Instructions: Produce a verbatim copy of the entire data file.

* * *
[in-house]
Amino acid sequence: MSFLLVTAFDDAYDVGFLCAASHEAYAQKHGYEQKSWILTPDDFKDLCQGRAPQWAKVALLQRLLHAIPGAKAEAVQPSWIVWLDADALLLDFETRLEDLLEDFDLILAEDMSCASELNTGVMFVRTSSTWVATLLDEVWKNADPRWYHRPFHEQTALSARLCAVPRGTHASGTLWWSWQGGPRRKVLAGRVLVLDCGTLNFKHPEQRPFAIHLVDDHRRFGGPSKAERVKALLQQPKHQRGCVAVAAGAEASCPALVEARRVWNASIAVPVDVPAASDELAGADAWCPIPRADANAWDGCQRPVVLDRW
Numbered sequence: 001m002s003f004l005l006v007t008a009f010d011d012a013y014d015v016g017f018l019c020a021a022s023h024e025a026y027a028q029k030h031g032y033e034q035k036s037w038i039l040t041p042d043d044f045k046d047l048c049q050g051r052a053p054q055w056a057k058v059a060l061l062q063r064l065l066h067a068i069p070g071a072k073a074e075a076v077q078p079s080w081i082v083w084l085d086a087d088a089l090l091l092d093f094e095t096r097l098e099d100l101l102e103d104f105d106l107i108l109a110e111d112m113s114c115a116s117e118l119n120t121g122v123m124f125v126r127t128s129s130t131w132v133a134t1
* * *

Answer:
[in-house]
Amino acid sequence: MSFLLVTAFDDAYDVGFLCAASHEAYAQKHGYEQKSWILTPDDFKDLCQGRAPQWAKVALLQRLLHAIPGAKAEAVQPSWIVWLDADALLLDFETRLEDLLEDFDLILAEDMSCASELNTGVMFVRTSSTWVATLLDEVWKNADPRWYHRPFHEQTALSARLCAVPRGTHASGTLWWSWQGGPRRKVLAGRVLVLDCGTLNFKHPEQRPFAIHLVDDHRRFGGPSKAERVKALLQQPKHQRGCVAVAAGAEASCPALVEARRVWNASIAVPVDVPAASDELAGADAWCPIPRADANAWDGCQRPVVLDRW
Numbered sequence: 001m002s003f004l005l006v007t008a009f010d011d012a013y014d015v016g017f018l019c020a021a022s023h024e025a026y027a028q029k030h031g032y033e034q035k036s037w038i039l040t041p042d043d044f045k046d047l048c049q050g051r052a053p054q055w056a057k058v059a060l061l062q063r064l065l066h067a068i069p070g071a072k073a074e075a076v077q078p079s080w081i082v083w084l085d086a087d088a089l090l091l092d093f094e095t096r097l098e099d100l101l102e103d104f105d106l107i108l109a110e111d112m113s114c115a116s117e118l119n120t121g122v123m124f125v126r127t128s129s130t131w132v133a134t1